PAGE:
Medicare Investigator Sentenced
In April, 1997, a Medicare Part A investigator came to our local hospital to conduct
an investigation. He spent his first night in a Jamestown hotel. He spent the next four
nights in the Chautauqua County Jail in lieu of $1500 bail.
The investigator had amused himself by making telephone calls claiming to be a
psychologist conducting a sex survey. He got a free ride to the jail when one of the
victims of sexual harassment, who had caller ID, called the sheriff.
The investigator pleaded guilty to multiple intentional acts (a
pattern of abuse) and was fined $250 plus court costs. Physicians that he
investigates can be fined $10,000 for an unintentional single episode of Medicare coding
Lawrence R. Huntoon, M.D., Jamestown,
AAPS News, January 1998 3
The Secret Fence. The invisible fence being constructed to corral physicians
into the pen of strict government control is built of secret parameters concerning "medical
necessity." This key issue is both chameleon and land mine.
The definitions that trigger intrusive audits are a state secret. As Dr. Edward
Michael Cox of Upstate Medicare puts it, "Repeatedly, providers and laboratories have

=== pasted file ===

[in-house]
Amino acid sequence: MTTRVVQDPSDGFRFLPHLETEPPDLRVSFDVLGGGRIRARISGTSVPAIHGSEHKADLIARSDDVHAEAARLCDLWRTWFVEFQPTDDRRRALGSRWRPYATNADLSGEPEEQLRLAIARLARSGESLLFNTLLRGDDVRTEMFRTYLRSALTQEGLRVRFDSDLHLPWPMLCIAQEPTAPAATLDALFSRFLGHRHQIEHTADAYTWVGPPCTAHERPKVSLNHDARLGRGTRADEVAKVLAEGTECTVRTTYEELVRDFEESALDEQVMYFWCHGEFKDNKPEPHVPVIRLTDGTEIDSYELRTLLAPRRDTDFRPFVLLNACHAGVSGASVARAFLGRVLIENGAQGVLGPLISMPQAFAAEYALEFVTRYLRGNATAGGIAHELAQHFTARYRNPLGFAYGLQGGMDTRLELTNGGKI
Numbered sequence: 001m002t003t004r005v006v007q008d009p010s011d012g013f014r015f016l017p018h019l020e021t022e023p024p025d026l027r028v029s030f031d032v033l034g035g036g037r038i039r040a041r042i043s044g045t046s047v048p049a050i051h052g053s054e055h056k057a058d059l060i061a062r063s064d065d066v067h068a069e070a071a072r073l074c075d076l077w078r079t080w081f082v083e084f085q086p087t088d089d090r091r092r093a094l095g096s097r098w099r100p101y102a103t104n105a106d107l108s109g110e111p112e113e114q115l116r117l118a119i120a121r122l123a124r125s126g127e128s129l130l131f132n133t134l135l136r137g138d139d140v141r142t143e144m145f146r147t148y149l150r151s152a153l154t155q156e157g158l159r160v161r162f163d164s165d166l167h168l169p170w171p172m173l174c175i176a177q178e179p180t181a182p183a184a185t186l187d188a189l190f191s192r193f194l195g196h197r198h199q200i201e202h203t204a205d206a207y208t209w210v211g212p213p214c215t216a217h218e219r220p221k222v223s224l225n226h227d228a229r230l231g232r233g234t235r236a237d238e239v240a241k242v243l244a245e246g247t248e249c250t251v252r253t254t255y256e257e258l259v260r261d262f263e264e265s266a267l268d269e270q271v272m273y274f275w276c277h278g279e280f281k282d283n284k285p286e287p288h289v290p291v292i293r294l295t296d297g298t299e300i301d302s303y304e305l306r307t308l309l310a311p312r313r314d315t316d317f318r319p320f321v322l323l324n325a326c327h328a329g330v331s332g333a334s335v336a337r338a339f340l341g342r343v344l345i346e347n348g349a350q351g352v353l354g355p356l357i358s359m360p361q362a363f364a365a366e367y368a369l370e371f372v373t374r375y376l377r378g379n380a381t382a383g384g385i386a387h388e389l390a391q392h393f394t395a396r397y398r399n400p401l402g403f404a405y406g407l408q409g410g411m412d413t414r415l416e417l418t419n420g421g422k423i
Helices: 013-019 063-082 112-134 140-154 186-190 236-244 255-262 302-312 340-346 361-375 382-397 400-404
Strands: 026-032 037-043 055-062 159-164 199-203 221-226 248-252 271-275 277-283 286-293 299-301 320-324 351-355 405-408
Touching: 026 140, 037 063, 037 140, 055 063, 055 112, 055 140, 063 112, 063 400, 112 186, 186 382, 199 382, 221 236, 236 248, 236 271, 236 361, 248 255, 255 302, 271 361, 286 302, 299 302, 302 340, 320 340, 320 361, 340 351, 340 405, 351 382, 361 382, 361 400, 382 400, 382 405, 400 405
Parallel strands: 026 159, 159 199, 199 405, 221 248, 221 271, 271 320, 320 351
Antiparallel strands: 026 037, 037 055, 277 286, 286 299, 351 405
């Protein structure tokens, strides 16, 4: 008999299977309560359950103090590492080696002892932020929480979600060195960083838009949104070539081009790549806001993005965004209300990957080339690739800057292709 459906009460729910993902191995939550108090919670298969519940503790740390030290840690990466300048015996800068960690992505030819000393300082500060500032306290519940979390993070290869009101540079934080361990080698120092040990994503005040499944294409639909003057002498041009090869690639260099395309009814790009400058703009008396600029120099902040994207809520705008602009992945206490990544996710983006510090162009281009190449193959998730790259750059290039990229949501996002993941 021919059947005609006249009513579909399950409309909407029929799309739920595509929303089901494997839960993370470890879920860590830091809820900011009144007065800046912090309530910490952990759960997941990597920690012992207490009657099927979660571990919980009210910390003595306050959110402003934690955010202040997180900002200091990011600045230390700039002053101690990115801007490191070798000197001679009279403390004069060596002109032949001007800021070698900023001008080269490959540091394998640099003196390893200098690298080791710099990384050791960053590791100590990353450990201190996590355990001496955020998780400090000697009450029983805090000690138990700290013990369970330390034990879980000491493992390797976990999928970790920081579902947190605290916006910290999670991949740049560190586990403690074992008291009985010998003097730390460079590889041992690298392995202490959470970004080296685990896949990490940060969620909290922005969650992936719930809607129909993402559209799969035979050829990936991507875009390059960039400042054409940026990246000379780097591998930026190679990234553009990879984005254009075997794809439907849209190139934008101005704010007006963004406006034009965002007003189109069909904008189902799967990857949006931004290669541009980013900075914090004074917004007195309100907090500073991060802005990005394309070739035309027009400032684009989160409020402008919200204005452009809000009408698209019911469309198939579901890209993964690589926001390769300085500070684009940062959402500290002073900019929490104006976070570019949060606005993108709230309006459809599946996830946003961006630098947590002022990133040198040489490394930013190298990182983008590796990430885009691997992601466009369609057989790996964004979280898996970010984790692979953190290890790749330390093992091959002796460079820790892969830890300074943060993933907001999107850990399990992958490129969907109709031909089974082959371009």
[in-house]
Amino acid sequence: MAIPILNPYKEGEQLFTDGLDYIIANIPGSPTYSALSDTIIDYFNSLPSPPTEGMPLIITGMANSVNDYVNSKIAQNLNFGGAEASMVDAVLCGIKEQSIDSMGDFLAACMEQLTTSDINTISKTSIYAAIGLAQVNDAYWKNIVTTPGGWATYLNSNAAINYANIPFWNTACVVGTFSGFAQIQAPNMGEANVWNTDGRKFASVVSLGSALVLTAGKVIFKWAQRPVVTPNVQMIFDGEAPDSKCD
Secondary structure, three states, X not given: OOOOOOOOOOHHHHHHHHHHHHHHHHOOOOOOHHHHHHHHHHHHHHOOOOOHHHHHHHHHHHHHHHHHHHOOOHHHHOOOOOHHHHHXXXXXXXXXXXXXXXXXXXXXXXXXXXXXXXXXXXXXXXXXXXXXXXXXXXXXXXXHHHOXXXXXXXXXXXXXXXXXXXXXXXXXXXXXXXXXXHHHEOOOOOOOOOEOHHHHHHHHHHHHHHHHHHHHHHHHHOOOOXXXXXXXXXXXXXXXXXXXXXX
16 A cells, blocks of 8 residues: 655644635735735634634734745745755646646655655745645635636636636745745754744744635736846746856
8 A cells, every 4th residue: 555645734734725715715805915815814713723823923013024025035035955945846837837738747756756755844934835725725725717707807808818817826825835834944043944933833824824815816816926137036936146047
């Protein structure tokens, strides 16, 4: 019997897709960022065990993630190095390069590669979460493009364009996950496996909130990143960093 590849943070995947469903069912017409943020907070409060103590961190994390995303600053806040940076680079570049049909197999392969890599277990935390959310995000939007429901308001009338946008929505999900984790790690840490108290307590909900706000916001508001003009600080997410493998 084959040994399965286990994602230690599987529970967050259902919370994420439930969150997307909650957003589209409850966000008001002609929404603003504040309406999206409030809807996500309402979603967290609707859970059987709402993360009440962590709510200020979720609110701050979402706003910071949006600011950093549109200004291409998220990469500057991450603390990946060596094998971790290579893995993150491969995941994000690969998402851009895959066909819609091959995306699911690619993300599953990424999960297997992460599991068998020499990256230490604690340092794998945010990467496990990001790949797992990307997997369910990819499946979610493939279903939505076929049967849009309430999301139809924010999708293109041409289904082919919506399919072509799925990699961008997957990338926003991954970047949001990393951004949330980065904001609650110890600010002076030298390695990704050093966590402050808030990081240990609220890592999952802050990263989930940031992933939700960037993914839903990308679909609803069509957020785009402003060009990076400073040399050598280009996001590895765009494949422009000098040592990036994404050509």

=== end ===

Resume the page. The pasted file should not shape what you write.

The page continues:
sought to have the parameters of various testing released to them," but Medicare regulations
forbid this. Those who are "outliers" are likely to be targeted for a raid. Two of the three
settlement options that may be offered to such physicians require them to waive their right
to a hearing (MSSNY, Nov. 1997).
Although information from the Agency for Health Care Policy and Research states
that "physicians who follow practice guidelines are practicing medicine on a bowl of Jell-O
because many of the current guidelines don't have a solid foundation," the government's
Technical Advisory Committee is busy deciding what tests and treatments are needed for
various illnesses. Accurate diagnostic tests that "do not change a patient's treatment plan"
are unreasonable and unnecessary. Billing anyone for the use of lower-risk, low-osmolar
contrast media is forbidden unless the patient meets one of five government-approved
Feeling penned in yet? It all makes you wonder when physicians are going to be